A Tiny Moon of Saturn Carves a Big Gap in the Rings

The entire universe in blog form
May 17 2014 7:30 AM

Saturn and Satyr

Saturn is a gift. It’s not like our solar system would be boring without it, but with it we do get some amazing stuff.

Like, for example, this:

cassini_pan_enckegap
Saturn's rings and the tiny moon Pan, barely visible in this shot (but easily seen if you click to encronosentate).

Photo by NASA/JPL-Caltech/SSI

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This picture, taken by the Cassini spacecraft on Christmas Day 2013, shows the magnificent ring system. Composed of countless trillions of small particles of ice, the rings form a flat plane that is, to scale, far thinner than a sheet of paper. And there’s not just one ring; there are thousands, sculpted by the gravity of the many moons sharing their space.

One of those moons is Pan, a walnut-shaped lump just about 30 kilometers across. You can see it perfectly centered in the picture. It’s right smack dab in the middle of a gap in the rings called the Encke gap, which is about 325 kilometers (200 miles) wide. That’s no coincidence! Pan is what keeps that gap open. If a particle of ice gets close to Pan, the moon’s gravity gives it a kick, speeding the particle up or slowing it down. That moves it to a new orbit outside the gap; in this way Pan keeps the gap clear.

Well, almost clear. It turns out there are very thin and faint ringlets in the Encke gap. The particles in these ringlets play a game of gravity with Pan, creating what are called horseshoe orbits. They take slightly elliptical paths around Saturn, and when they get near Pan it gives them a small nudge that’s not enough to eject them from the gap, but enough to slow them down or speed them up just a wee bit. That keeps them in the gap, and confined to the narrow ringlets. Weirdly, relative to Pan, their orbits are kidney-bean or horseshoe shaped. The physics is a bit hairy, but Wikipedia has a decent article about these peculiar orbits.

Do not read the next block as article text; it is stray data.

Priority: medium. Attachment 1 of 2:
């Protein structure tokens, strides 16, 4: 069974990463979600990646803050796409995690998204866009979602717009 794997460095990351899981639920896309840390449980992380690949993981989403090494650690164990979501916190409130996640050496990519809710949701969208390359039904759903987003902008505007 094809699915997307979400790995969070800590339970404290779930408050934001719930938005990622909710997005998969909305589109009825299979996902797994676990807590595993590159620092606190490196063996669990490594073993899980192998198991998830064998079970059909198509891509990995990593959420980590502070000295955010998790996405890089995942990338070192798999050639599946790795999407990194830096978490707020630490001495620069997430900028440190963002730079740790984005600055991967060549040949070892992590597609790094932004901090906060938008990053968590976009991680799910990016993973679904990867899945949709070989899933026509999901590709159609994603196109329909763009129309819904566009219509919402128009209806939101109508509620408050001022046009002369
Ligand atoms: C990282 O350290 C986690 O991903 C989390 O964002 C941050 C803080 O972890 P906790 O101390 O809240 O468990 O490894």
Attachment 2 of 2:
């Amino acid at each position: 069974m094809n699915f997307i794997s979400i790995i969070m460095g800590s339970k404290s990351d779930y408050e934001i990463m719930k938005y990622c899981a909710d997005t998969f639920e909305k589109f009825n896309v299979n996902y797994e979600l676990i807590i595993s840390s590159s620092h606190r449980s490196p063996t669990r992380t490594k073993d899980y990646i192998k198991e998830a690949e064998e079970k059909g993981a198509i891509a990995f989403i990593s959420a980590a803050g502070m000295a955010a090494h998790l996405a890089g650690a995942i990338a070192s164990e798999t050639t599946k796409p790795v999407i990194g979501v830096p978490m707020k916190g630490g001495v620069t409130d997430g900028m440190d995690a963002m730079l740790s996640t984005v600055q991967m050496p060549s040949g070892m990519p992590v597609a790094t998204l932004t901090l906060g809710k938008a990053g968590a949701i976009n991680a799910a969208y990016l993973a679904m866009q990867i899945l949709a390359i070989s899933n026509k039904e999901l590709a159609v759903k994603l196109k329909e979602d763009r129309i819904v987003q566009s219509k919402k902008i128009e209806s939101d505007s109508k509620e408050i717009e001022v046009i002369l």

Since Pan moves ring particles around, it’s called a “shepherd moon,” naturally enough. And guess what Pan was the god of? That’s no coincidence either; it was named by astronomers after they figured out what it did. Pan, I’ll note, was a satyr, hence the title of this article.

One more thing: Pan was not discovered by Cassini; it was actually predicted to exist when astronomers examined data taken by the Voyager 2 probe back in the 1980s. They saw scallop-shaped waves in Saturn’s rings on either side of the Encke gap, and predicted this was due to a moon in the gap. They were able to figure out mathematically where it was, and when they did, they found the moon in pictures already taken by the spacecraft!

Phil Plait writes Slate’s Bad Astronomy blog and is an astronomer, public speaker, science evangelizer, and author of Death From the Skies!  

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